I had enough canned goods and water to keep me going, but when I started smelling the bacteria and odor, and seeing people in the water, it was time to go. A guy came and took us to the bridge and I'm looking at all the blood on the bridge from that lady. I said, Lord, if it's my time to die, God forgive me for every sin I did, but it so happens, he brought me through. Now I'm here in hog heaven. I'm on top of the world. I thought we had hospitality. We have never been treated like this before. Utah is a wonderful state. Anybody tell me different and I'll slap the taste out of their mouth. That's the way I feel about it and I'm quite sure the majority of us here feel the same way. There's been nothing but sweet love. Ain't nobody say nothin' negative. They always have a helping hand. Always trying to do something for us. Utah, y'all number one, other than New Orleans. (laughs)

What are your plans from here on out?

I don't know. I'm just taking it day by day. Ain't no need to rush into anything cause you might rush into something that you might regret. I'll let God guide me in the direction I'm going. I got family in Texas. I got family in Mississippi and I'm way up here. I'm not trying to leave here and go somewhere else while I'm getting treated like a king and go somewhere I might be treated like dirt. From what I see in Houston, I ain't got time for that. We had enough chaos in New Orleans and for us to leave here and go somewhere else, it ain't worth it. Utah, thank you. Thank the governor. President, you know what you can do. You know. And I aint' afraid of you. You went over to Iraq for bin Laden, but you turned the table to Saddam and you turned the table on New Orelans, too, so that's a wrap.

Raymond Augustus, 51
Ellis Coleman, 53

Raymond Augustus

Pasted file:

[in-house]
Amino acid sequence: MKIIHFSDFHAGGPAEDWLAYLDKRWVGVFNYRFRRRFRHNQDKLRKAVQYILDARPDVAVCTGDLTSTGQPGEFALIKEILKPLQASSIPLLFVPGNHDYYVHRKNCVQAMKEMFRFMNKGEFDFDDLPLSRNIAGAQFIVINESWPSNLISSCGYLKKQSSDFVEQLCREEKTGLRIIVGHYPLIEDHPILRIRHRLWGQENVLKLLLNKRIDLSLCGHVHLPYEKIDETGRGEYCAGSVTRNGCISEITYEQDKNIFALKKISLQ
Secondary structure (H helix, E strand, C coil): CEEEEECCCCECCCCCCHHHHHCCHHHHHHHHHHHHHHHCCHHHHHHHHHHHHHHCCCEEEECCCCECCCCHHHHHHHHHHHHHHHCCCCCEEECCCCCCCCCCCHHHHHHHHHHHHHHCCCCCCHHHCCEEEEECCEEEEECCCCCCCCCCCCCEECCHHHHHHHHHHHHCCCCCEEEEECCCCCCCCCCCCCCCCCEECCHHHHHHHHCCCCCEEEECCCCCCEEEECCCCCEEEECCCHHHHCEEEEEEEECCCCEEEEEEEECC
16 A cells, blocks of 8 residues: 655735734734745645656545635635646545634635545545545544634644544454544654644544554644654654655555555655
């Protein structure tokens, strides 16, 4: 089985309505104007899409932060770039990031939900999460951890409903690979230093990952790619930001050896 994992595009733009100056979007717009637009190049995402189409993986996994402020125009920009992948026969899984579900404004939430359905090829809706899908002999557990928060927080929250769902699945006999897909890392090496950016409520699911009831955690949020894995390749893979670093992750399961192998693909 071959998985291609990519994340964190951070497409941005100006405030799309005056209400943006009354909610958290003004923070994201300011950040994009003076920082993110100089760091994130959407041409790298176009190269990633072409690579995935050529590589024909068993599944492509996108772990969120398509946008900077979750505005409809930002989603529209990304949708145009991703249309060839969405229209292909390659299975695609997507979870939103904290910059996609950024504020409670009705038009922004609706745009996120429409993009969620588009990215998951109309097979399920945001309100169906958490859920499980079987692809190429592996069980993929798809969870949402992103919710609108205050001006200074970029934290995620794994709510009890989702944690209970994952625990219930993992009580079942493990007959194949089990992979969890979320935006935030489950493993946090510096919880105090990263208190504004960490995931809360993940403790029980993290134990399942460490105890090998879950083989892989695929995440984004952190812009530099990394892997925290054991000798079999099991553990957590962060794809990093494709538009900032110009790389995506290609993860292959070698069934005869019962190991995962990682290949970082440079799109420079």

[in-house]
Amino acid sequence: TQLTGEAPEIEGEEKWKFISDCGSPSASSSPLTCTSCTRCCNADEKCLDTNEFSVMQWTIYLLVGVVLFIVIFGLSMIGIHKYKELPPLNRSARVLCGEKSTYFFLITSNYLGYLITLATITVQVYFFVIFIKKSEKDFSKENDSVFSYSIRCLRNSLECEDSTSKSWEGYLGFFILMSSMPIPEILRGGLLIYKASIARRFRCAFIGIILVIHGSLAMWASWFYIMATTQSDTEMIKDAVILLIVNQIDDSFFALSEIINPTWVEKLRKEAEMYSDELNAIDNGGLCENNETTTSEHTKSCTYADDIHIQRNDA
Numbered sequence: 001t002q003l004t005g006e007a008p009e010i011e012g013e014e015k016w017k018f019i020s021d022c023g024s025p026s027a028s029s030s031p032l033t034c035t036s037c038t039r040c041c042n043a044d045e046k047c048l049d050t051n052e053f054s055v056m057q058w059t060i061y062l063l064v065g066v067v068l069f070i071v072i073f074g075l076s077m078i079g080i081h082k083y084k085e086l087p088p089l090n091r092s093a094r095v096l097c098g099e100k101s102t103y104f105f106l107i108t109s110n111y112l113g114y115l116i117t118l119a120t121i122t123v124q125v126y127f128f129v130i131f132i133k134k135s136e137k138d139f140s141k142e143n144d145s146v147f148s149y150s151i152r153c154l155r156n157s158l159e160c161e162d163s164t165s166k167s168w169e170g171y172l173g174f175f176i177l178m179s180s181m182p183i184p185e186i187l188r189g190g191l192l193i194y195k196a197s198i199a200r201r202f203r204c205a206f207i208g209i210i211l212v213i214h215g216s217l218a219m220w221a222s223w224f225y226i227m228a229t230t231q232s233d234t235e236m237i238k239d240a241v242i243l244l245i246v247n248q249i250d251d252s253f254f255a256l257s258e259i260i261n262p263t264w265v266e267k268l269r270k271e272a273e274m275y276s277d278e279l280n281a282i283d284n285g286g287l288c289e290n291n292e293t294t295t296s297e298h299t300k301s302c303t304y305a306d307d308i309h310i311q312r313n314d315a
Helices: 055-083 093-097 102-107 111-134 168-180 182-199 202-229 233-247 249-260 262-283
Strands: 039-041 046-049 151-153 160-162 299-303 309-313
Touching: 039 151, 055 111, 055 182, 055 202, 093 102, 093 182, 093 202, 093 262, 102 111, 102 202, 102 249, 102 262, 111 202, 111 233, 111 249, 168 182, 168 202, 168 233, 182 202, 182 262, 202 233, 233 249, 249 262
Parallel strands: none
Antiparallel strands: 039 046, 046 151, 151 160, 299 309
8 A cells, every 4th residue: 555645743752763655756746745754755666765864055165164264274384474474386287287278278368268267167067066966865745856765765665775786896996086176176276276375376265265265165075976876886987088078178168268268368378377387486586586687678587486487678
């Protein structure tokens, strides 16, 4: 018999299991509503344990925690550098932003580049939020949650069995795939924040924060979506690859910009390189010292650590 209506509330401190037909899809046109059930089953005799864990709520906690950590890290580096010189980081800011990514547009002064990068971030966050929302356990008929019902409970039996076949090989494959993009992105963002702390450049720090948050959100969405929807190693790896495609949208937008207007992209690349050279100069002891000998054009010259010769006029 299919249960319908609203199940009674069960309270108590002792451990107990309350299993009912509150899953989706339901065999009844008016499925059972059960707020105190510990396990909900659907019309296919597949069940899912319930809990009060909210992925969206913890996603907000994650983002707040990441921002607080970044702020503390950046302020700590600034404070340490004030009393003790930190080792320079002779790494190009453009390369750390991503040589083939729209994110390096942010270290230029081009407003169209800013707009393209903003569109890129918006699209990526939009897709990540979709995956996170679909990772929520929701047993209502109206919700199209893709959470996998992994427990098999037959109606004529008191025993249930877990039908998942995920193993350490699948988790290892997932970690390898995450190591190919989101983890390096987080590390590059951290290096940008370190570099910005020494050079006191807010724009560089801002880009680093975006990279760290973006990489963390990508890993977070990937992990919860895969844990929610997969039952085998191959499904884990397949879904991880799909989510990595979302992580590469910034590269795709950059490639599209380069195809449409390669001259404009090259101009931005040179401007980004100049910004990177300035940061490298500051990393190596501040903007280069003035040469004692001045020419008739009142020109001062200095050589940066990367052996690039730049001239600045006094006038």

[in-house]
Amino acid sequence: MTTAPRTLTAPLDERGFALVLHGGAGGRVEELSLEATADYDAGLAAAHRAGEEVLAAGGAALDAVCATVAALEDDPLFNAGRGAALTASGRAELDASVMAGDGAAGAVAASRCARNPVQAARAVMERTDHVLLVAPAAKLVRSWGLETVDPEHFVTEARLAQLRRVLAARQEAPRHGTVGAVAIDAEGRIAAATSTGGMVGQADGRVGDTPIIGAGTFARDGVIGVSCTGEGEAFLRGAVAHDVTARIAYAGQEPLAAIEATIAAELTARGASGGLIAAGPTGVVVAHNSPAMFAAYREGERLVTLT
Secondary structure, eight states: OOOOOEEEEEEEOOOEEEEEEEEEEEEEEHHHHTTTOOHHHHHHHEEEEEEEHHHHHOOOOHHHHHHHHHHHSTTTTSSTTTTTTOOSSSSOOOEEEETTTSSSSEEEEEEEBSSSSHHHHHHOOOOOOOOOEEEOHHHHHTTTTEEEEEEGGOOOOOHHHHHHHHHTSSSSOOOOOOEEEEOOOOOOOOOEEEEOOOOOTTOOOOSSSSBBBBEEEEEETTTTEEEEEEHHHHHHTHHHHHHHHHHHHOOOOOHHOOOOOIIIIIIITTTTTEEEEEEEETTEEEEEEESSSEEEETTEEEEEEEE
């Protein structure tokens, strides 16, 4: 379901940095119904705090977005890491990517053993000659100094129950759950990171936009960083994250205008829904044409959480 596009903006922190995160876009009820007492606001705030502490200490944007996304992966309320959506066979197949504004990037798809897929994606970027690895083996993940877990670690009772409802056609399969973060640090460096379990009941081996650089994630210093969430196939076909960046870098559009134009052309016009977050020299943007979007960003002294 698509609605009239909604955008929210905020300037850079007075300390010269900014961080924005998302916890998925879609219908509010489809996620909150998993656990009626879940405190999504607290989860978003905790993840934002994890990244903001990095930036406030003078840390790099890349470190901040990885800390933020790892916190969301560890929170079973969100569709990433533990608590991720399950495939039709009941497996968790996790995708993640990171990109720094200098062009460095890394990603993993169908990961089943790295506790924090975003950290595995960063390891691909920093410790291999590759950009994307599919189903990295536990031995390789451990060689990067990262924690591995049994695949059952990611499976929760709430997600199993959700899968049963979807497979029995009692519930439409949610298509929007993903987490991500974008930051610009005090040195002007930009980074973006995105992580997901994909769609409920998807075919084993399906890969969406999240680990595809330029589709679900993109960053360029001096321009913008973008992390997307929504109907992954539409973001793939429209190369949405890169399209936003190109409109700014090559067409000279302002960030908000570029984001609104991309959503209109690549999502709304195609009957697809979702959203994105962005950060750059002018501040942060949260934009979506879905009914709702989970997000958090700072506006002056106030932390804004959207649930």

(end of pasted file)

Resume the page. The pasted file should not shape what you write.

Ellis Coleman

What did you think of the government's response?

Raymond Augustus: I don't know what to say. I forgot about Bush. I don't know what he's doing.

Ellis Coleman: This was predicted 35 years ago. They could have done something about it. I heard Bush slashed funds for the levees. Now it's too late. A disaster happened.

Raymond Augustus: The only person I appreciate is my Mayor Nagin.

What'd you think of his response?

Raymond Augustus: I thought it was great, the way he went off on Bush.

Ellis Coleman: Bush was a day late and a dollar short.

What was your experience like?

Ellis Coleman: I was stuck in my house. The water was rising. I saw people walking around with water up to their necks. It would have been up to mine if the boats didn't come by and rescue me. I saw dead people floating around. Guys looting and shooting at people coming to rescue them. They were shooting at helicopters. That shit didn't make sense. People were supposed to be helping them.

What are your plans?

Ellis Coleman: I plan on staying right here. If I can take this winter, I'll probably be here. People seem friendly. The state seems like it's family oriented and I like that about it.

How's your family?

Ellis Coleman: My family is scattered. My kids are in Wisconsin. My mom is in Houston. My brother is in Atlanta and my sister is in San Antonio. Everybody is alright.